Respiratory infections caused by influenza and other pathogens can lead to sickness characterized by coordinated behavioral and physiological changes. These responses, which include fever, lethargy, loss of appetite, and decreased mobility, are thought to be initiated by neuro-immune interactions. However, the specific neural circuits and pathways involved in these responses still need to be fully understood.
A recent study has identified a previously unknown airway-to-brain sensory pathway that plays a critical role in influenza-induced sickness. This pathway involves a small population of glossopharyngeal sensory neurons that detect locally produced prostaglandins and mediate systemic sickness responses to respiratory virus infection. Understanding the mechanisms behind this pathway could lead to new treatments for respiratory infections and associated sickness behaviors.
A new study published in Nature has shed light on the neural mechanisms underlying sickness behavior caused by pathogen infections. The study, conducted on mice, identified a small population of PGE2-detecting glossopharyngeal sensory neurons essential for influenza-induced sickness behavior. The researchers employed genetic tools to map sensory neurons in the periphery in great detail.
They found that ablation of petrosal GABRA1 neurons or targeted deletion of PGE2 receptor 3 (EP3) in these neurons improves survival by lowering influenza-induced impairments in food intake, water intake, and mobility in the early stages of illness. Petrosal GABRA1 neurons have been found to have a specific axonal targeting pattern in the brainstem and to project to mucosal areas of the nasopharynx with increased expression of cyclooxygenase-2 following infection using genetically driven anatomical mapping.
Our findings reveal a significant sensory route from the airways to the brain that may detect locally generated prostaglandins and improve systemic disease responses to respiratory virus infection. The contemporary COVID-19 pandemic has had far-reaching consequences on human civilization, as respiratory illnesses produced by influenza and other microorganisms are the significant causes of mortality and hospitalization globally. Sickness may be highly incapacitating, and most people experience it many times per year.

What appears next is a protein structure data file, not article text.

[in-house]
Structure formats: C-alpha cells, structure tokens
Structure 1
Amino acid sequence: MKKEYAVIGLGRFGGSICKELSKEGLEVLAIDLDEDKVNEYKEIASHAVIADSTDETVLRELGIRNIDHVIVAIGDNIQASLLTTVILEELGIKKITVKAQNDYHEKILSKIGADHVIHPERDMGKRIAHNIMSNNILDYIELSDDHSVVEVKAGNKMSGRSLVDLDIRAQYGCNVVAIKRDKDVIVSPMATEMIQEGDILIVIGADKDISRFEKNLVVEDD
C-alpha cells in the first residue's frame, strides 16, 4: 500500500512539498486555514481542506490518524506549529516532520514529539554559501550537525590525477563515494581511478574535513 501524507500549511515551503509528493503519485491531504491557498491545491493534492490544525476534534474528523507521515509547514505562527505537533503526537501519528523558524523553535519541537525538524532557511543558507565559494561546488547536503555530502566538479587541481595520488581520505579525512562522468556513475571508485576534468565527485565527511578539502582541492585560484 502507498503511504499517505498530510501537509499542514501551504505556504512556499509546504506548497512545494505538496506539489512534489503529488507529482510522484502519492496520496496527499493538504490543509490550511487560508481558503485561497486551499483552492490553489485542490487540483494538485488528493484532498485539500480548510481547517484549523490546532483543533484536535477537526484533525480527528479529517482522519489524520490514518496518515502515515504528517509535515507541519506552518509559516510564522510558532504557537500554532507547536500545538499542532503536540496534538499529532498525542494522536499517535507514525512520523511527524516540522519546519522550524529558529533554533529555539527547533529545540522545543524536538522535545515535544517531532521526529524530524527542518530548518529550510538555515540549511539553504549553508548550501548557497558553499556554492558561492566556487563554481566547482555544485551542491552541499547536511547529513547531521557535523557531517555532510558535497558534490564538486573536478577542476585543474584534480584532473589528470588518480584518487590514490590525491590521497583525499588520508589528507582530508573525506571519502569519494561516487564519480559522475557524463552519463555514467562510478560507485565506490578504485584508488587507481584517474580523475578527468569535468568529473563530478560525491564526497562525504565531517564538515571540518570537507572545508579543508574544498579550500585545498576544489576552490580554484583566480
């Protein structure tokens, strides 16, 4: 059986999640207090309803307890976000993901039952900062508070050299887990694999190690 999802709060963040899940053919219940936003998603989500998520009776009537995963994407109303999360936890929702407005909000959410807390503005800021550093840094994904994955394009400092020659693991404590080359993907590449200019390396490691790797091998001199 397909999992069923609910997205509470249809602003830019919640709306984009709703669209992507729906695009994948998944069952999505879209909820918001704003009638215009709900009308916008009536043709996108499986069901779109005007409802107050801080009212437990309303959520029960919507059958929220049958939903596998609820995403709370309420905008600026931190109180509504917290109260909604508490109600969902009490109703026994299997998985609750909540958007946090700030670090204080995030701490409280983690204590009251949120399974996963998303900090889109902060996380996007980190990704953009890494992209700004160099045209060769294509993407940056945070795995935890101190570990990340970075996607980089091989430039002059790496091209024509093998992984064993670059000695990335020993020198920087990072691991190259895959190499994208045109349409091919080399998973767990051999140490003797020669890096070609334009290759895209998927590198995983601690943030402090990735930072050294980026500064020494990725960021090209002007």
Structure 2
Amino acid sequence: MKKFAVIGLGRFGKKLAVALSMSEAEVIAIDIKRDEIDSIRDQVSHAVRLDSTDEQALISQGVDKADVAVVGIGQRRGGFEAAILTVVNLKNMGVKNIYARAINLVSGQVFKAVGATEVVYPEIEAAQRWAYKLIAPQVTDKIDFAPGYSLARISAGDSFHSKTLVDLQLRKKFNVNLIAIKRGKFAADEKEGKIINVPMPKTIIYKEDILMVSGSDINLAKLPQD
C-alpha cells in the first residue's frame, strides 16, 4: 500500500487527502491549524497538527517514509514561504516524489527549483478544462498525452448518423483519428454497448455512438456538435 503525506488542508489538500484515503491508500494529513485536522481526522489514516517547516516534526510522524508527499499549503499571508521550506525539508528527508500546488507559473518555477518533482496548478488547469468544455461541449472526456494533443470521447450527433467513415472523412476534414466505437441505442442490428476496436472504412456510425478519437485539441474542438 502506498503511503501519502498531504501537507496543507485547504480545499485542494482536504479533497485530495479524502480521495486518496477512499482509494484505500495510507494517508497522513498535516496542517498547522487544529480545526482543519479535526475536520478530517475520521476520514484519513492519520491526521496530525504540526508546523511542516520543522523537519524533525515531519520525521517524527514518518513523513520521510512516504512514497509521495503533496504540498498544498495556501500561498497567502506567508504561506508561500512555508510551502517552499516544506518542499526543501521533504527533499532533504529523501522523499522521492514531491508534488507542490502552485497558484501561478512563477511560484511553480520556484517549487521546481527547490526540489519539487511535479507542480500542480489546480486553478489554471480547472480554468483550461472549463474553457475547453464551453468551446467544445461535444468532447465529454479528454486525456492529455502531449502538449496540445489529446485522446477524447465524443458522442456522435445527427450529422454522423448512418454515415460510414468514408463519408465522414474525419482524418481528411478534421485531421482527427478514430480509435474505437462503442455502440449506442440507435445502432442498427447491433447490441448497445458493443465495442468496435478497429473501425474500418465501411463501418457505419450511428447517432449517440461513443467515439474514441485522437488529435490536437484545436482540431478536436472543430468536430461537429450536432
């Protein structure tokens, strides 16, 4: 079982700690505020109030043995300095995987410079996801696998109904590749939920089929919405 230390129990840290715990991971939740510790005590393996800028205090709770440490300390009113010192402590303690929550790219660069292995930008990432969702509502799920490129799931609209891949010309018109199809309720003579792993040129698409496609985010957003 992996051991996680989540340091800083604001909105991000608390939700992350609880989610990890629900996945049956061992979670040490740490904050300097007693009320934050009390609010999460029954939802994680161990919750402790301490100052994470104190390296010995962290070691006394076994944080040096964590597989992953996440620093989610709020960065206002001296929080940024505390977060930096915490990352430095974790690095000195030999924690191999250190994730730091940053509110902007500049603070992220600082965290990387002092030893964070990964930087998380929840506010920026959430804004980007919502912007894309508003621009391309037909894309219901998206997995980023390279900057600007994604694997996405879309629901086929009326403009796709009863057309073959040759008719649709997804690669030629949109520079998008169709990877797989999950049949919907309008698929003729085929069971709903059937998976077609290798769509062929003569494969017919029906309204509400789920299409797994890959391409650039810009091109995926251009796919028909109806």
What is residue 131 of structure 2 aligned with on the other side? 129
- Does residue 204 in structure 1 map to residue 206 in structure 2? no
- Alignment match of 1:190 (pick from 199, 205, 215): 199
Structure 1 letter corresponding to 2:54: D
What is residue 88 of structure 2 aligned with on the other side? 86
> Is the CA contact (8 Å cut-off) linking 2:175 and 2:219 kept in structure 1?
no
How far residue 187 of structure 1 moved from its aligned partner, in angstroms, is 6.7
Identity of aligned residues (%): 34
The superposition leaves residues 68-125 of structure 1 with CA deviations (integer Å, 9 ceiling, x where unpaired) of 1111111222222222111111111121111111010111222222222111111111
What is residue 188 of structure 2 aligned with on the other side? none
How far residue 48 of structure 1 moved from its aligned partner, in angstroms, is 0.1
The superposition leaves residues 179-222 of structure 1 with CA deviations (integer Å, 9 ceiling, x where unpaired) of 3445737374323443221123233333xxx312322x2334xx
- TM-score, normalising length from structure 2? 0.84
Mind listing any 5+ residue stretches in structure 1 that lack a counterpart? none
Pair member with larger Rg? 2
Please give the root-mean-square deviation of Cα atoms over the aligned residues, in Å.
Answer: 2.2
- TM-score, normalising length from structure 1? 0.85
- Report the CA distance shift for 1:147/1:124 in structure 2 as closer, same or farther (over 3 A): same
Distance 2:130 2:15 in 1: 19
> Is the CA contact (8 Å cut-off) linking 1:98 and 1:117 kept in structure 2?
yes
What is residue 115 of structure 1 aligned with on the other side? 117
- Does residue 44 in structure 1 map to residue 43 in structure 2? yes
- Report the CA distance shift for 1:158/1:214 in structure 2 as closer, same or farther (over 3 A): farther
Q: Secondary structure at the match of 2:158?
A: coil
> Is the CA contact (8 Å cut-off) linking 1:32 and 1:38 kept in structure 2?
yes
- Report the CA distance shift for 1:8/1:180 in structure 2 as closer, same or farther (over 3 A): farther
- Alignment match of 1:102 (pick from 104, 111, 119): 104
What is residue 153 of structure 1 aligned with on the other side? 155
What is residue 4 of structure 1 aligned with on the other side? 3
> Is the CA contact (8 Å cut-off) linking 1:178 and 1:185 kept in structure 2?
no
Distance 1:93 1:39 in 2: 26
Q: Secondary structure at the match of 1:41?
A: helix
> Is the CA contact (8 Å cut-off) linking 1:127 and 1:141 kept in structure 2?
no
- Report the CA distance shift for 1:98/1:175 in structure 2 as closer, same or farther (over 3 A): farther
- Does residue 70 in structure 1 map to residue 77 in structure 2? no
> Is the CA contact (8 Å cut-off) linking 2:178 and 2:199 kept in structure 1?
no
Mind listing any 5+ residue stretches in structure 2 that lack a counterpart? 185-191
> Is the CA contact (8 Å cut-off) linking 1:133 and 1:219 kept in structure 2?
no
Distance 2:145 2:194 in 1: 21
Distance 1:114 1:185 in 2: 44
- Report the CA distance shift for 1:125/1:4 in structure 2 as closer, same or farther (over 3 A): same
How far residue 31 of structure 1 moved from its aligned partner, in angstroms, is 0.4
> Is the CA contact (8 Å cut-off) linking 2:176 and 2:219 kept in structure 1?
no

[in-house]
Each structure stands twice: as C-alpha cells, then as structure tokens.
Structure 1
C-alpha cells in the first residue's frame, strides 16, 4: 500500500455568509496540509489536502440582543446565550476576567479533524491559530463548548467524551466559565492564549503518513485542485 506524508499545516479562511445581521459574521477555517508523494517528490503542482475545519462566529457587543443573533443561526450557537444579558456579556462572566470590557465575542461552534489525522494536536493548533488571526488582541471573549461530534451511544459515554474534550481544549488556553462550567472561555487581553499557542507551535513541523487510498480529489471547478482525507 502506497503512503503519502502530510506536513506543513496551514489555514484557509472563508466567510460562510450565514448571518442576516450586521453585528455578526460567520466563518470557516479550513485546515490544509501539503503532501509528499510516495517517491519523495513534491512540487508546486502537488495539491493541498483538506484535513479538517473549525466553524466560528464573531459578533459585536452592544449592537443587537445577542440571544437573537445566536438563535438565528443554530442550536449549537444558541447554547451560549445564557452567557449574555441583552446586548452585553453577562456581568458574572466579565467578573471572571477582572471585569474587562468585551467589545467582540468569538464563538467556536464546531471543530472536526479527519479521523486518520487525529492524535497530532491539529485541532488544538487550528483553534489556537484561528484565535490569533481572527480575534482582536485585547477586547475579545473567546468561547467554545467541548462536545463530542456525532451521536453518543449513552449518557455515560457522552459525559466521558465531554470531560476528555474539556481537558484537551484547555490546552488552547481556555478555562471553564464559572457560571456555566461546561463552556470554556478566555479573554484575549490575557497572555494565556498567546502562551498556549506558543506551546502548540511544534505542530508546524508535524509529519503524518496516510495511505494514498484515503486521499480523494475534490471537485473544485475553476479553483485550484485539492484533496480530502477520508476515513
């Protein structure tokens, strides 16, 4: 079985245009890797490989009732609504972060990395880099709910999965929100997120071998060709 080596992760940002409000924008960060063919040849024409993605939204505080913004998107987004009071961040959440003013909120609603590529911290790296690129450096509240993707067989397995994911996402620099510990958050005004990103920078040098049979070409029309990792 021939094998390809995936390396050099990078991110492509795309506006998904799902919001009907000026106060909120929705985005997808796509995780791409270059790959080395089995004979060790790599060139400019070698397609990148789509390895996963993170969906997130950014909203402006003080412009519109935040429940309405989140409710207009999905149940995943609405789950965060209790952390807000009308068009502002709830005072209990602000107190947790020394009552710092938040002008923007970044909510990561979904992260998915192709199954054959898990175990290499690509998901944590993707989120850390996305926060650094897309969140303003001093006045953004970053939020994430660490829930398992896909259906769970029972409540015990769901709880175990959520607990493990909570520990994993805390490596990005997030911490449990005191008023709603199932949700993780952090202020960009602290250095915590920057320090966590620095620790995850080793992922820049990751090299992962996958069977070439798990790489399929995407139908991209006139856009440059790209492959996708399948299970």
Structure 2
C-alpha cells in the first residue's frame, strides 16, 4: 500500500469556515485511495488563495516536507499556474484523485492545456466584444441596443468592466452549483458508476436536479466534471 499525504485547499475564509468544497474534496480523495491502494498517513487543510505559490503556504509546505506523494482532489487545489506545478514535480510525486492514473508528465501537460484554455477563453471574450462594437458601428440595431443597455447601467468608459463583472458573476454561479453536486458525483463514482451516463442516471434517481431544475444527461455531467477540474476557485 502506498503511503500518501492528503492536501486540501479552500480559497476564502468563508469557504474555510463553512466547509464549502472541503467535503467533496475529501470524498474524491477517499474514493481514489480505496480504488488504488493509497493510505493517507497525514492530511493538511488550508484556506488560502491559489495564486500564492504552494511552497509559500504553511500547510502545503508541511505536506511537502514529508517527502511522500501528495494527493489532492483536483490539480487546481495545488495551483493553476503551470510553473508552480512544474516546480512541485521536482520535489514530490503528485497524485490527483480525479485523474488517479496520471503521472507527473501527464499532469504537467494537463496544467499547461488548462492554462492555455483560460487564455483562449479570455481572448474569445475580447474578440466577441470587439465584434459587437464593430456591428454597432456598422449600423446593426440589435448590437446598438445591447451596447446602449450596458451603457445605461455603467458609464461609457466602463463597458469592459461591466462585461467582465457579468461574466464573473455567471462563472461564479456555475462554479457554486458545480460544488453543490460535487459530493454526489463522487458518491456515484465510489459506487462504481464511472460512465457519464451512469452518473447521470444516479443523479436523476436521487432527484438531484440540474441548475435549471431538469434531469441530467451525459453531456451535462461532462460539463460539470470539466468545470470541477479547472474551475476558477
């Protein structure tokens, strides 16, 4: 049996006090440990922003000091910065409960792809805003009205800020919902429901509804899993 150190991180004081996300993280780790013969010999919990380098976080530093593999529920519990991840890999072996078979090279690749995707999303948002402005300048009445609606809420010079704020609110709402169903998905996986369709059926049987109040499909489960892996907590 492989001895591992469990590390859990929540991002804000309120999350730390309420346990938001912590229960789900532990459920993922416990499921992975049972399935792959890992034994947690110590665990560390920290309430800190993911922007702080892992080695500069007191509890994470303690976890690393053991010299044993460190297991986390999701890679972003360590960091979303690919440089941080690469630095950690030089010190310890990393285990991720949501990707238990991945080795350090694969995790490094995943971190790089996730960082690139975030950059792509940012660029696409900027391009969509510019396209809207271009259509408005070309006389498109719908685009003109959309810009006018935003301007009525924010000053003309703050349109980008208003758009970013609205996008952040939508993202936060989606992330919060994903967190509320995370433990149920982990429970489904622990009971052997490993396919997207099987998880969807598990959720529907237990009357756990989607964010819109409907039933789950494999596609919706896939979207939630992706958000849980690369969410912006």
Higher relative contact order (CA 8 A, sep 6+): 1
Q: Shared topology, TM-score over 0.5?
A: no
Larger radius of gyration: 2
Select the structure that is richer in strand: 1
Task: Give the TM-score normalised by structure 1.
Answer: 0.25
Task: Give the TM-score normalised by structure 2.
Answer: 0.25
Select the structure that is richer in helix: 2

A history of illness suggests that the brain’s response to infection may give a highly coordinated and adaptable method to help recovery. Animals infected with various pathogens display common behavioral and physiological responses, including fever, lethargy, loss of appetite, headache, pain, mood changes, and decreased socialization. This suggests a common sickness state involving shared neural circuits. In addition to common symptoms, other sickness responses are tailored to the site of infection, suggesting multiple body–brain communication pathways for pathogen detection.
Researchers have found that a small cluster of glossopharyngeal sensory neurons plays a significant role in detecting PGE2, a prostaglandin produced during respiratory viral infections such as influenza. The sensory neurons induce a neuronally orchestrated state of sickness, and various behavioral responses are associated with respiratory viral infections.
Glossopharyngeal nerve transection, ibuprofen, aspirin, EP3 receptor antagonism, targeted EP3 receptor knockout, and targeted neuronal ablation all showed that sickness behaviors were attenuated but not eliminated. Additionally, the study suggests that there are likely to be two phases of influenza-induced sickness behavior, with a second phase independent of PGE2, EP3, and glossopharyngeal sensory neurons.
Overall, the study provides new insights into the neural mechanisms underlying sickness behavior caused by pathogen infections and could help develop new treatments for respiratory infections caused by influenza and other pathogens.